Mitt Is No Massachusetts Moderate

Everyone by now has heard that when he was asked if he followed NASCAR, Mitt Romney said:

Not as closely as some of the most ardent fans, but I have some great friends who are NASCAR team owners.

Now that, along with his comment that his wife drives “a couple of Cadillacs,” is how Romney appeals to everyday Joes (without the six-pack, since Mittens doesn’t drink). He may not take a lunch bucket to work, but he has some great friends who own lunch bucket factories.

While I know that no one is going to actually believe Mitt Romney is Joe the Plumber, what I fear may end up happening, particularly since Rick Santorum is hell-bent to run as an unelectable theocrat, is that Romney comes off looking like a political moderate. I heard him so referenced twice in one hour on Monday morning—on MSNBC!

Sure, compared to Santorum, he appears slightly more reasonable. And by slightly I mean, well, slightly. The difference between them is like the difference between a humid 100-degree day here in the Midwest and a humid 99-degree day. Both days make you miserable, and it would take a person with preternatural discernment to meaningfully distinguish the two.

The biggest difference is Romney’s unwillingness to openly discuss his fondness for policies inspired directly by his so-called Christian faith. And the reason for that is clear: he understands that a goodly number of GOP voters think he is only a “so-called” Christian, so why bring it up at all?

Other than the religious angle, there just isn’t that much to convincingly argue that Romney’s political philosophy is significantly less wacky than Santorum’s, especially since Mittens hasn’t gone out of his way to distance himself from Santorum’s journey into social-issue theocracy.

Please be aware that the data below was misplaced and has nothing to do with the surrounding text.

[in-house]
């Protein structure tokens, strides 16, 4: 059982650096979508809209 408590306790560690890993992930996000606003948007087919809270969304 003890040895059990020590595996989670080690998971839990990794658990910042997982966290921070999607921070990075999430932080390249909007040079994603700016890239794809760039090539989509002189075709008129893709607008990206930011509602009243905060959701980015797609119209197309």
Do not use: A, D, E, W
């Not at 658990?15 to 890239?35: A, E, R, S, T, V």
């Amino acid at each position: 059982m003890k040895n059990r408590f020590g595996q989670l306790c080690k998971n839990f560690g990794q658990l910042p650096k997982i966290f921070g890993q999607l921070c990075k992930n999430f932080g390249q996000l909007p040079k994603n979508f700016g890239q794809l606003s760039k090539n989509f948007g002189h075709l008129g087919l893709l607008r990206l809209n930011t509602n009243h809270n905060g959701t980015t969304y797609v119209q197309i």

The truth is that Mitt Romney has somewhat clumsily adapted his politics to appeal to a very narrow range of voters in that orgy of absurdity known as the GOP primaries.  And I am convinced that he means it this time, even though he is having a hard time convincing a majority of right-wingers.

But I’m not the only one who believes that Romney’s heavy petting of the far right-wing of his party would result, should he be elected president, in policy children that only a teapartier could love.

None other than Ann Coulter, who is one of the most vile conservatives in the history of the breed, is a Romney enthusiast. She famously told Sean Hannity, a fellow vile conservative who refers to Mr. Obama as “the Anointed One“—without a peep of criticism from falsely pious Christians like Coulter—that she recently spoke to Romney at a fundraiser and said,

You owe me! And you’d better be as right-wing a President as I’m telling everybody you’re gonna be!

She told Hannity that Romney laughed and said, “Don’t worry.”

And if Ann Coulter isn’t worried, that means the rest of us should be.

Previous Post


  1. I said on this blog some weeks (months?) ago that I thought Obama will end up facing Jeb Bush, and your loyal follower Anson scolded me with “Oh, come on, Helen” but here I am
    to say it again. I don’t believe the Republicans are going to allow Santorum to go to bat in the end. So I still think that somehow it will be Obama vs Jeb Bush. Second guess, Chris Christie.

    Actually, I posted this just a minute ago but on the wrong page. But what the heck – surely if something’s worth saying, it’s worth saying twice.


  2. Helen, you’ve got a good point. The GOP is in disarray with their many competing factions. About the only thing all the pieces have left in common is hatred of the Affordable Care Act, ironically something that was passed to try to deal with the most important social and economic issue of our time.

    Paul Ryan just might be their choice to save the day, and his first act would probably be the repeal of the ACA. Imagine the surprise of the electorate when they realize what he has to replace it with!

    Need to go to the hospital? Take a number. (Special entrance door for millionaires around the corner.)


%d bloggers like this: